In contrast to conventional static perimetry, sensitivity of white noise field campimetry turned out to highly dependent on e.g. scotoma depth and also location (i.e. site) of the lesion. Relative glaucomatous visual defects in TAP perimetry (, i.e. stage I, according to the Aulhorn classification 8) were detected by white noise field campimetry in 65.0% of cases. With absolute glaucomatous scotomas, detection rate was 83.8% without connection to the blind spot (Aulhorn stage II) and increased to 100% for all stages of more advanced glaucomatous visual field loss. A typical finding is shown in Figure 4.
In 162 eyes with homonymous visual field defects due to the post-chiasmal visual pathways lesions, detection rate of conventional TAP perimetry was 98.8% (95%-C.I. 95.7% - 99.9%), whereas sensitivity of white noise field campimetry was only 76.5% (95%-C.I. 70.5% - 82.2%)1. More recent studies give evidence for higher detection rates of white noise field campimetry for those cases with involvement of the visual cortex 9.
To the author´s knowledge, no systematic studies addressing reliability and re-test variability of white noise field campimetry have been undertaken so far.
A “floor” effect, i.e. missing detection at the low end of the dynamic range, does exist insofar as very subtle relative defects may be not detected by the patients (see also chapter “Sensitivity and Specificity”). Furthermore, the method seems to have a reduced or even missing sensitivity towards specific conditions of visual pathway lesions (e.g.: extensive retinal lesions or long-standing post-geniculate lesions; this aspect is also addressed in “Sensitivity and Specificity” chapter).
A “ceiling” effect is found in case of subtotal visual field loss, most probably due to fixation problems and a remnant normal area, which may be too small for acting as a sufficient reference region. Subjects with inability to fixate (e.g. due to nystagmus) or profound central scotomas may be unable to perceive the noise field stimulus in an adequate manner.
Furthermore, even advanced visual field loss located outside the video display cannot be detected.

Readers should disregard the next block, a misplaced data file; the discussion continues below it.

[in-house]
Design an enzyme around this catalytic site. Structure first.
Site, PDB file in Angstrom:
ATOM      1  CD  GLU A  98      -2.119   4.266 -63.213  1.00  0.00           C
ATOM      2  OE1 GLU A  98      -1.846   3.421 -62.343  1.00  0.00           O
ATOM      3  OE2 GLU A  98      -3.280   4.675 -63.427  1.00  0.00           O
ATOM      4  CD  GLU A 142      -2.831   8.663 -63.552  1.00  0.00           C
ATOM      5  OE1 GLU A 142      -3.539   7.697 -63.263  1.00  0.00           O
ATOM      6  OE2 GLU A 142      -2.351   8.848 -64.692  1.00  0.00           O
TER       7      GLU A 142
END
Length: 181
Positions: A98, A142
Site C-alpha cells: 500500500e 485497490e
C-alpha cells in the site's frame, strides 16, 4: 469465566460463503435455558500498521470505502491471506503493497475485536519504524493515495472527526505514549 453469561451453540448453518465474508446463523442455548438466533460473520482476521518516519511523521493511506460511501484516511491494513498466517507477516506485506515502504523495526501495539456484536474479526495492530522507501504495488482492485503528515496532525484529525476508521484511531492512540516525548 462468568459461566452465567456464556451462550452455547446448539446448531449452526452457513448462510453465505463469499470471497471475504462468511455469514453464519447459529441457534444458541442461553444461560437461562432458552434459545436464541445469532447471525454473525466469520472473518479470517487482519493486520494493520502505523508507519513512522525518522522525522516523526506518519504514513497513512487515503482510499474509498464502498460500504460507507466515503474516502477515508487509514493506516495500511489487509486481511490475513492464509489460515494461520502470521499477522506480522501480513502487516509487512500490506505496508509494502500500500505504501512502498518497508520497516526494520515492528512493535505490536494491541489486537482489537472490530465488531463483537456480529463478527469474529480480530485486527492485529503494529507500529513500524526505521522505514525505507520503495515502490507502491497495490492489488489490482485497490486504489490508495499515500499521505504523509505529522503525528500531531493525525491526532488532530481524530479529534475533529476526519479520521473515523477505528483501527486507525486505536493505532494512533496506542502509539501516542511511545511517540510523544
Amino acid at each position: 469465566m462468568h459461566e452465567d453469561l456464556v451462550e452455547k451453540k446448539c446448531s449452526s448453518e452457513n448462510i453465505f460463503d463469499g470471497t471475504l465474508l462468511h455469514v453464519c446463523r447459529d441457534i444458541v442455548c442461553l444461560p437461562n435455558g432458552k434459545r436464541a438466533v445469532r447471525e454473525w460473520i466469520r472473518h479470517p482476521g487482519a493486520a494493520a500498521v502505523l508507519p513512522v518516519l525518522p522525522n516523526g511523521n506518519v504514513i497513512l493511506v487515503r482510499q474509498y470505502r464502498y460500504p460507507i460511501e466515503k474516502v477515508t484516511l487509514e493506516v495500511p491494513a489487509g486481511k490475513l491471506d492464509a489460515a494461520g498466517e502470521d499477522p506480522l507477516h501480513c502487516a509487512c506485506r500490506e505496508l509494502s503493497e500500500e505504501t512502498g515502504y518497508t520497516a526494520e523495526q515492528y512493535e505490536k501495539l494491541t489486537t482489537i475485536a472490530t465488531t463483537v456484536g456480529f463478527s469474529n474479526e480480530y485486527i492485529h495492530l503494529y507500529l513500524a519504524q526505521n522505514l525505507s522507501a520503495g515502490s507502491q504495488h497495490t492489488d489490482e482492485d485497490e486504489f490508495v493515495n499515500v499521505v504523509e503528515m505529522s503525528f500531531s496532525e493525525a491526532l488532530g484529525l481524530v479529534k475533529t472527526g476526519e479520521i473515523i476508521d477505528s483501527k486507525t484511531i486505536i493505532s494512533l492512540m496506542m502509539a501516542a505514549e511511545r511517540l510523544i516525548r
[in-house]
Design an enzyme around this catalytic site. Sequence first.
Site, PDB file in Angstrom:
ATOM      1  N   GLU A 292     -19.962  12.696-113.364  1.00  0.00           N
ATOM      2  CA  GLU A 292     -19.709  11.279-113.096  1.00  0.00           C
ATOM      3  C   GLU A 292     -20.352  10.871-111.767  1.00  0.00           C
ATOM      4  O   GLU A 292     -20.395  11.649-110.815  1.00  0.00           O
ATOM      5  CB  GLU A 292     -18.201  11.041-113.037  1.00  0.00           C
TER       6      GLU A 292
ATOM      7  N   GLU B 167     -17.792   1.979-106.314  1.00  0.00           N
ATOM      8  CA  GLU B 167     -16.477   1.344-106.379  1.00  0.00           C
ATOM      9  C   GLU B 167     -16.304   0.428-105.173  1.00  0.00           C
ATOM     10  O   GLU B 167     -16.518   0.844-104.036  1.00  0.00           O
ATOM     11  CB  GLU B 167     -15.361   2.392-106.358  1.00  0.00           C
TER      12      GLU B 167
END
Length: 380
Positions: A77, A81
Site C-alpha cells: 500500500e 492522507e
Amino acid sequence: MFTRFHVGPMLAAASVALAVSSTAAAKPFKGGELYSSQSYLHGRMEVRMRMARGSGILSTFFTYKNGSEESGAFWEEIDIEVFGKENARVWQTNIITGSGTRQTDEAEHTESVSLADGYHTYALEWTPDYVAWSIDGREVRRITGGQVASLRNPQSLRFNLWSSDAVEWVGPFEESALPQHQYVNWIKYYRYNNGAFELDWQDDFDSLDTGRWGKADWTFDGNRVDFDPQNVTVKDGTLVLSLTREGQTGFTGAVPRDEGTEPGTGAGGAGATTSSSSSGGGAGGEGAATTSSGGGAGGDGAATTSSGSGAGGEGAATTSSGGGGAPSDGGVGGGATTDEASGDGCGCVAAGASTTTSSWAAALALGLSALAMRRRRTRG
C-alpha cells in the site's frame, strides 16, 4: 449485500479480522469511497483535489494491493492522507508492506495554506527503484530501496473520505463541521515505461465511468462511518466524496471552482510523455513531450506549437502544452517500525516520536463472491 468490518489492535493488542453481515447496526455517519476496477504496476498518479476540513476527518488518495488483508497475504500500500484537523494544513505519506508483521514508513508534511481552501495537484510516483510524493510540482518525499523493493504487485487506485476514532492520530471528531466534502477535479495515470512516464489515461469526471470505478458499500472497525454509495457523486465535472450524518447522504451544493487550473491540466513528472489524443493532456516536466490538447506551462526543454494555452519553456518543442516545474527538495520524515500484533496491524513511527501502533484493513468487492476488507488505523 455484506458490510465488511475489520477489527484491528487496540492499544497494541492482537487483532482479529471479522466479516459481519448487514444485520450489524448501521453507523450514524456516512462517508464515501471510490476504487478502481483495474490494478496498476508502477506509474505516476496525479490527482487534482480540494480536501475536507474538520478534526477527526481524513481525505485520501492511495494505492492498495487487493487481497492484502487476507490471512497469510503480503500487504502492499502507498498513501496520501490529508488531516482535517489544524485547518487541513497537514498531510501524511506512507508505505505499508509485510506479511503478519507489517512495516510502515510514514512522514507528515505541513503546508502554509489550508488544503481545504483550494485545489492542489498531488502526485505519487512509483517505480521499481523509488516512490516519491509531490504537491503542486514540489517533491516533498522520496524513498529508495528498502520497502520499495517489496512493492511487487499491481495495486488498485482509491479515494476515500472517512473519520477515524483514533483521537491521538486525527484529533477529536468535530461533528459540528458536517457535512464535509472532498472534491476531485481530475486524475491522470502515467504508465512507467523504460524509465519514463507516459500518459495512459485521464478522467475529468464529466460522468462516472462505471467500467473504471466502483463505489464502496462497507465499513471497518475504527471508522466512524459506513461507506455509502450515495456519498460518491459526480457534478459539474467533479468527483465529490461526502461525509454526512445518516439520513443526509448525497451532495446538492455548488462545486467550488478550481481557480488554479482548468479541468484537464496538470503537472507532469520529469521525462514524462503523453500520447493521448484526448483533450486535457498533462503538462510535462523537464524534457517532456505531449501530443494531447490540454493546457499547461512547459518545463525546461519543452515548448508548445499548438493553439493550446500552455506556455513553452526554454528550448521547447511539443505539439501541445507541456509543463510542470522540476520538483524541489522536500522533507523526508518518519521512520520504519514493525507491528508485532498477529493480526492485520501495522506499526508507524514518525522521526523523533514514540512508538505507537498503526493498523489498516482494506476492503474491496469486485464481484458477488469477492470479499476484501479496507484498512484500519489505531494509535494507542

The test is practical, requiring a black and white TV monitor without a broadcast reception; in the high end version, a calibrated, high-resolution colour monitor with integrated touch screen, a control monitor, and a video-pupillographic device have to be integrated in an appropriate computer system graphics card is used. A custom built lens holder that fits on the top of the monitor along with custom made lenses is necessary.
To the author's knowledge, no systematic studies addressing subject acceptance have been published so far. Our experience is that most of the patients had no difficulty with the test.
White noise field campimetry is a subjective method in twofold ways: on the one hand it depends on the intellectual abilities of the examined subject to perceive and adequately describe the observed phenomena, on the other it is influenced by the recognition and interpretation of the examiner. Further errors can be introduced by the fact that patients, who for first time in their life perceive their scotomas, will tend to directly look at these phenomena. This spontaneous gaze movement inevitably shifts the scotoma, which might then be dislocated outside the examination area and thus disappear. Careful, fixation continuous control by the examiner is therefore mandatory in this method.